Calendar of the Moon
Greater Mysteries Day 6: Ritual
Colors: Gold and black
Altar: Upon cloth of black and gold set a single white candle to burn, with incense of myrrh, and a great pitcher of mint-barley tea, with many cups around it. Before the altar lay the Kistai, the round box of holy objects, and a basket with a sheaf of grain in it. The curtains are drawn, and a single torch lights the room.
Offerings: Oneself, as an initiate.
Daily Meal: Fasting until Mesembria of the next day, except for the “kykeon” tea.
Mysteries Invocation VI:
(The invocation opens with a wordless, many-toned chant that all sing.)
We have walked in the footsteps of Demeter,
Who understands the mourning of the loss so terrible
That you think you may die from it.
We have walked in the footsteps of Persephone,
Who understands being taken against your will
To a dark place where only love can change things.
We are come to the moment of seeing, of knowing,
Of bringing together what has been parted,
Yet knowing also that both are changed,
And will never be what they were before.
Mother and daughter must find a new relationship,
As we must find a new way after each of our losses.
(The chant is repeated. Then the Kistai is opened, and each of the holy objects is removed, and explained to the folk. They come forth to touch them as they are brought forth.)
Hail to Demeter, Lady of the Earth,
Giver of nourishment!
As Demeter in her mourning, in her barrenness
Was given kykeon to drink by Metaneira,
Was given shelter and care by mortals
Who would not see an old woman weary on the road
Without offering comfort, so we see
That mortals can offer comfort to the Gods, and to each other.
Here, take, drink of Comfort in the time of darkness.
(Then the kykeon is passed to drink, and all speak in turn of their losses, and how they came forth to find a new path. If this ritual takes longer, it may go late into Arktos without trouble, as there is no dinner; it is important that all get the chance to speak, and weep if necessary. When all have finished, the officiant says:)
Remember always this:
That darkness yields to light, and light to darkness,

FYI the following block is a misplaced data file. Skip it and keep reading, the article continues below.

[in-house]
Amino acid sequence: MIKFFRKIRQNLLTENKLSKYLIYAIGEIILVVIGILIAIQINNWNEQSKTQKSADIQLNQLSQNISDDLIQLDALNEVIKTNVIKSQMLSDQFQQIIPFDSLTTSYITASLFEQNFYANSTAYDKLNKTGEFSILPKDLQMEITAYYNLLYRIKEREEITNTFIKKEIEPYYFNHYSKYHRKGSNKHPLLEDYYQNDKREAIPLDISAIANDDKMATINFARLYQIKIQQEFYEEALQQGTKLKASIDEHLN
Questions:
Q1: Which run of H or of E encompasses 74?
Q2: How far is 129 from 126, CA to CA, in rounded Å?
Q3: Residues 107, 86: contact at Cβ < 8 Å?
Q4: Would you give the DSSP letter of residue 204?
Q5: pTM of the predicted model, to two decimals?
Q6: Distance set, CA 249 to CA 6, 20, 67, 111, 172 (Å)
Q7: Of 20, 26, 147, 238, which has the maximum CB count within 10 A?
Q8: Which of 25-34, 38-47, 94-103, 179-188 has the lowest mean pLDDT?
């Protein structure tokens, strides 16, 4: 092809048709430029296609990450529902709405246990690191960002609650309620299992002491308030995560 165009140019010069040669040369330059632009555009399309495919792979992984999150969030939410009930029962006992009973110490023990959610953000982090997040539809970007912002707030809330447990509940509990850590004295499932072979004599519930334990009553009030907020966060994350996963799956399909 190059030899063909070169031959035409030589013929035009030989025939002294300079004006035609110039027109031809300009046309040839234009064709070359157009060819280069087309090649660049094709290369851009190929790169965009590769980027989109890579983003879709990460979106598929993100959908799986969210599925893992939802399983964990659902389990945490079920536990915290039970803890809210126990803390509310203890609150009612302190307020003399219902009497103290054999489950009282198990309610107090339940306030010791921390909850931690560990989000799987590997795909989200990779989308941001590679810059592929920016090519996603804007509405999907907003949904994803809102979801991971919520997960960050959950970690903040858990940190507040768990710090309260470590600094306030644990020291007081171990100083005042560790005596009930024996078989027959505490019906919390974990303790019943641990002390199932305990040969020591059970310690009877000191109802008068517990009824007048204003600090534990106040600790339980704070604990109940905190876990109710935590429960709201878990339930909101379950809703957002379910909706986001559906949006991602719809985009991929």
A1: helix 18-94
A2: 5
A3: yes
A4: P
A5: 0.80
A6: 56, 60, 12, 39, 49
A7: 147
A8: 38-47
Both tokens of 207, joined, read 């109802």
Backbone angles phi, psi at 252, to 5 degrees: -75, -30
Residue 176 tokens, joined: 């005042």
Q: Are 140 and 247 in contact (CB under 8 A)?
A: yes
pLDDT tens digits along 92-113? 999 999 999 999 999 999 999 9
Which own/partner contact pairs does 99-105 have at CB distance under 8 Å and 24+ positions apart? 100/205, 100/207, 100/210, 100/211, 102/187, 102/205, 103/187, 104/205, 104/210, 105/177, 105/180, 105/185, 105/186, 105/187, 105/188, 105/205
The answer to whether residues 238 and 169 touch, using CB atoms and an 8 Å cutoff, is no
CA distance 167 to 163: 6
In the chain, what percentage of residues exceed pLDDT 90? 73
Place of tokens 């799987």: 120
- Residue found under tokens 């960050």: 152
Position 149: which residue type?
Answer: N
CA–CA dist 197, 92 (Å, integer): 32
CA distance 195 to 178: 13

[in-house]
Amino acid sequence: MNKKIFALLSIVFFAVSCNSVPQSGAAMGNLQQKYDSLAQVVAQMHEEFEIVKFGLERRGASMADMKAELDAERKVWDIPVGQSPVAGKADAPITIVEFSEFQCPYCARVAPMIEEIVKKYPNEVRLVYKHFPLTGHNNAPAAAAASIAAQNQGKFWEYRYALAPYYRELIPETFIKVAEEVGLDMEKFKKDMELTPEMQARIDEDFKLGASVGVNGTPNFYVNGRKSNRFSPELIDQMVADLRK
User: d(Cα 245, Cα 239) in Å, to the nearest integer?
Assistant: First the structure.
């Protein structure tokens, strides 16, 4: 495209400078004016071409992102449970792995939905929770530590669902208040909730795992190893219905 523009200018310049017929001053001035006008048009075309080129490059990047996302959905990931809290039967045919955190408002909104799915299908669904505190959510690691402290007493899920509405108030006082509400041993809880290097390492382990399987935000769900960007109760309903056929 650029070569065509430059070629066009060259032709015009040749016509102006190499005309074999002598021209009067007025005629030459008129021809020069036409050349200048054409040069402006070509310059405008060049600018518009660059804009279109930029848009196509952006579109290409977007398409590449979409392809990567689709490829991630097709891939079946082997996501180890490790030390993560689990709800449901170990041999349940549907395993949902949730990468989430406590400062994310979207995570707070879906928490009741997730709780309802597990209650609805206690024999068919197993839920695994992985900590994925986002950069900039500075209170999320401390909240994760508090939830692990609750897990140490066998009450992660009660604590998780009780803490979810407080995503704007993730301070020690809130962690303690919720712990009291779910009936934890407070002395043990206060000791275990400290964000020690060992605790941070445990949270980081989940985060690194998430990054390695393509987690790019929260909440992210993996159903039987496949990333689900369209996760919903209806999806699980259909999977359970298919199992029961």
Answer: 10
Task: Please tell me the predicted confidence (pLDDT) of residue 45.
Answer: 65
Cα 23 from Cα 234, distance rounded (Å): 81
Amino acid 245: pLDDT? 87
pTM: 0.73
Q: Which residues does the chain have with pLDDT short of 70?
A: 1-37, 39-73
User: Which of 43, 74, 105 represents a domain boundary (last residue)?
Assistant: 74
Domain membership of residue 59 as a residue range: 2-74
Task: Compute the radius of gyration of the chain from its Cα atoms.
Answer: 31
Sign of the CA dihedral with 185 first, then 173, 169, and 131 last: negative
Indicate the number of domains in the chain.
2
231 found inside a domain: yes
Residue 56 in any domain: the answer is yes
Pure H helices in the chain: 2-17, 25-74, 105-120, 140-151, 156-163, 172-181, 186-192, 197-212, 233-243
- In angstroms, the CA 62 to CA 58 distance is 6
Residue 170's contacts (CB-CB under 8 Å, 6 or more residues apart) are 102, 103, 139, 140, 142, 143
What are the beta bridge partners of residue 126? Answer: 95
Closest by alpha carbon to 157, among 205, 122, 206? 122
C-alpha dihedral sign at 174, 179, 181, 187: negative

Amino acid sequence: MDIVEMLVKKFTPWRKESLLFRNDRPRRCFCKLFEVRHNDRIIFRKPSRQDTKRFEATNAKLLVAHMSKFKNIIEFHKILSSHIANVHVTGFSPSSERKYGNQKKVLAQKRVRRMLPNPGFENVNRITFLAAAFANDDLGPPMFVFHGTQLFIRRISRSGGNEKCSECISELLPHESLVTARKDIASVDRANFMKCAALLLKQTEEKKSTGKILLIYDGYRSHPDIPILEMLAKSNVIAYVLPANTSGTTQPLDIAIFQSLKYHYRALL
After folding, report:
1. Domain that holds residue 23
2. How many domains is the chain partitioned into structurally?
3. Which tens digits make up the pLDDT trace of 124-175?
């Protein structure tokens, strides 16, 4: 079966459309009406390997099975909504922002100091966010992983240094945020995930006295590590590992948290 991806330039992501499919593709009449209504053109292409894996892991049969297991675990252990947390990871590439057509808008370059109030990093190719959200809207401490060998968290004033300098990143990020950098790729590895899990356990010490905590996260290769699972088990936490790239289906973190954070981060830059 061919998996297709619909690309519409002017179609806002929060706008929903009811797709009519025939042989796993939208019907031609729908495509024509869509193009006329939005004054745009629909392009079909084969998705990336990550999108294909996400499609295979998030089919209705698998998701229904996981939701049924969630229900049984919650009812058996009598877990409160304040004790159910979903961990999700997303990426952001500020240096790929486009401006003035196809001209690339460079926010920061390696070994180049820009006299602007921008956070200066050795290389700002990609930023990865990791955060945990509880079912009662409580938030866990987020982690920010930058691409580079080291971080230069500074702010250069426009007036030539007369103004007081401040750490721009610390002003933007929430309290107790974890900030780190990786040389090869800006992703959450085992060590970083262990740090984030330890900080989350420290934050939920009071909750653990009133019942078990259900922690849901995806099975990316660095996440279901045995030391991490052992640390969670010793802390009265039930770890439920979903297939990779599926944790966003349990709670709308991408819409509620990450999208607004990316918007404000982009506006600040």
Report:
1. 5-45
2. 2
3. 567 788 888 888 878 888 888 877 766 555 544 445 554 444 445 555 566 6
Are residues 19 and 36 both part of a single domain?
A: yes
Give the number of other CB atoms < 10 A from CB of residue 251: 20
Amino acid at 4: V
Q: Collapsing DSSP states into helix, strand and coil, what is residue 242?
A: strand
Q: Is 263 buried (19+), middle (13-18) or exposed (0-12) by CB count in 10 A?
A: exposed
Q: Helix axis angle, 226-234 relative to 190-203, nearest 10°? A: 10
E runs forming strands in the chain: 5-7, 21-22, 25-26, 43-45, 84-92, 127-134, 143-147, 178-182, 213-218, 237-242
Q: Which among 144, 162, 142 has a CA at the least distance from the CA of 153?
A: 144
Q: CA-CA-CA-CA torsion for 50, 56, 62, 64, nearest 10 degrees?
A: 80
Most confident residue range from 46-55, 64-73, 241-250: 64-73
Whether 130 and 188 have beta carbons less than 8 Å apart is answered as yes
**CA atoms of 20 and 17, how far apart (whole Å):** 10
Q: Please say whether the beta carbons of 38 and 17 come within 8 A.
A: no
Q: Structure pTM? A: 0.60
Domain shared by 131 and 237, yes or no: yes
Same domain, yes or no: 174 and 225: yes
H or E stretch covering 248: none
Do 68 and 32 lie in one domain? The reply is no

And out of every woe comes some good thing,
Even if it is not given to the sufferers.
For lo, Persephone the ravished maiden is now Queen,
And Counselor to the sorrowing Dead,
Bringing healing to the pain of others.
How will you, too, heal from the memory of wounds?
(Each speaks of how they will bring healing to the world, and the rest of the kykeon is poured out as a libation.)
Hail to Persephone, Maiden who goes down into the dark,
And has learned to love the Dark, and its center!
Hail to She who arises again in the spring,
Reminding us that spring will always come again,
No matter how long and cold the winter!
Hail to Hades, Lord of the Underworld,
Who gives the Dead their food, their shelter,
And what care and love he can,
Who gave them the greatest gift of all:
The gift of Persephone, Maiden of the Spring,
To succor them and give them hope.
For lo, they have birthed them a child,
And his name is Brimos, and he is given back to all of us,
Given to the living for our sustenance,
Nourishment born of tears, Birth born of Death,
As all life feeds on Death, as all things turn on the wheel.
Hail to Brimos, born in the darkness,
And may we follow you back to the light!
(End with the wordless chant again, lasting for some time as the torch is put out. Then all should go out into the light as if for the first time, and sing while they work for the rest of the work-hours.)